Books Should Be Free is now
Loyal Books
Free Public Domain Audiobooks & eBook Downloads
Search by: Title, Author or Keyword

Napoleon Bonaparte   By: (1805-1877)

Book cover

First Page:



Napoleon, finding his proffers of peace rejected by England with contumely and scorn, and declined by Austria, now prepared, with his wonted energy, to repel the assaults of the allies. As he sat in his cabinet at the Tuileries, the thunders of their unrelenting onset came rolling in upon his ear from all the frontiers of France. The hostile fleets of England swept the channel, utterly annihilating the commerce of the Republic, landing regiments of armed emigrants upon her coast, furnishing money and munitions of war to rouse the partisans of the Bourbons to civil conflict, and throwing balls and shells into every unprotected town. On the northern frontier, Marshal Kray, came thundering down, through the black Forest, to the banks of the Rhine, with a mighty host of 150,000 men, like locust legions, to pour into all the northern provinces of France. Artillery of the heaviest calibre and a magnificent array of cavalry accompanied this apparently invincible army. In Italy, Melas, another Austrian marshal, with 140,000 men, aided by the whole force of the British navy, was rushing upon the eastern and southern borders of the Republic. The French troops, disheartened by defeat, had fled before their foes over the Alps, or were eating their horses and their boots in the cities where they were besieged. From almost every promontory on the coast of the Republic, washed by the Channel, or the Mediterranean, the eye could discern English frigates, black and threatening, holding all France in a state of blockade.

One always finds a certain pleasure in doing that which he can do well. Napoleon was fully conscious of his military genius. He had, in behalf of bleeding humanity, implored peace in vain. He now, with alacrity and with joy, roused himself to inflict blows that should be felt upon his multitudinous enemies. With such tremendous energy did he do this, that he received from his antagonists the most complimentary sobriquet of the one hundred thousand men . Wherever Napoleon made his appearance in the field, his presence alone was considered equivalent to that force.

The following proclamation rang like a trumpet charge over the hills and valleys of France. "Frenchmen! You have been anxious for peace. Your government has desired it with still greater ardor. Its first efforts, its most constant wishes, have been for its attainment. The English ministry has exposed the secret of its iniquitous policy. It wishes to dismember France, to destroy its commerce, and either to erase it from the map of Europe, or to degrade it to a secondary power. England is willing to embroil all the nations of the Continent in hostility with each other, that she may enrich herself with their spoils, and gain possession of the trade of the world. For the attainment of this object she scatters her gold, becomes prodigal of her promises, and multiplies her intrigues."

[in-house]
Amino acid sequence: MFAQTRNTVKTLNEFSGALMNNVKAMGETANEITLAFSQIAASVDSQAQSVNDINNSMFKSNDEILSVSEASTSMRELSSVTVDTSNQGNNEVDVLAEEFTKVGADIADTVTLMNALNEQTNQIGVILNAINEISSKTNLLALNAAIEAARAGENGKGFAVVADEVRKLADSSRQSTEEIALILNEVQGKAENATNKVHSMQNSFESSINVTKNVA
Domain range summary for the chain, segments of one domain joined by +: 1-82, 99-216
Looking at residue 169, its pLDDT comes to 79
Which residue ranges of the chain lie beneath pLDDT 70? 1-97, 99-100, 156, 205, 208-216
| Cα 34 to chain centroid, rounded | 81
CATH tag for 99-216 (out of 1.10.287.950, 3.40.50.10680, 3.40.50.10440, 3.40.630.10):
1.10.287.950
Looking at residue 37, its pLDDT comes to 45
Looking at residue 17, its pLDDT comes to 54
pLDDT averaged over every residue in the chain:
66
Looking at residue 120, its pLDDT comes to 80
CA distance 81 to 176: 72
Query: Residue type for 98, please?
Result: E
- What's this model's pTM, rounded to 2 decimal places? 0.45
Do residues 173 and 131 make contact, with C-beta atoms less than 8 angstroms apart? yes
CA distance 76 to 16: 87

At this call all the martial spirit of France rushed to arms. Napoleon, supremely devoted to the welfare of the State, seemed to forget even his own glory in the intensity of his desire to make France victorious over her foes. With the most magnanimous superiority to all feelings of jealousy, he raised an army of 150,000 men, the very elite of the troops of France, the veterans of a hundred battles, and placed them in the hands of Moreau, the only man in France who could be called his rival. Napoleon also presented to Moreau the plan of a campaign in accordance with his own energy, boldness, and genius. Its accomplishment would have added surpassing brilliance to the reputation of Moreau. But the cautious general was afraid to adopt it, and presented another, perhaps as safe, but one which would produce no dazzling impression upon the imaginations of men. "Your plan," said one, a friend of Moreau, to the First Consul, "is grander, more decisive, even more sure. But it is not adapted to the slow and cautious genius of the man who is to execute it. You have your method of making war, which is superior to all others... Continue reading book >>

eBook Downloads
ePUB eBook
• iBooks for iPhone and iPad
• Nook
• Sony Reader
Kindle eBook
• Mobi file format for Kindle
Read eBook
• Load eBook in browser
Text File eBook
• Computers
• Windows
• Mac

Review this book

Popular Genres
More Genres
Paid Books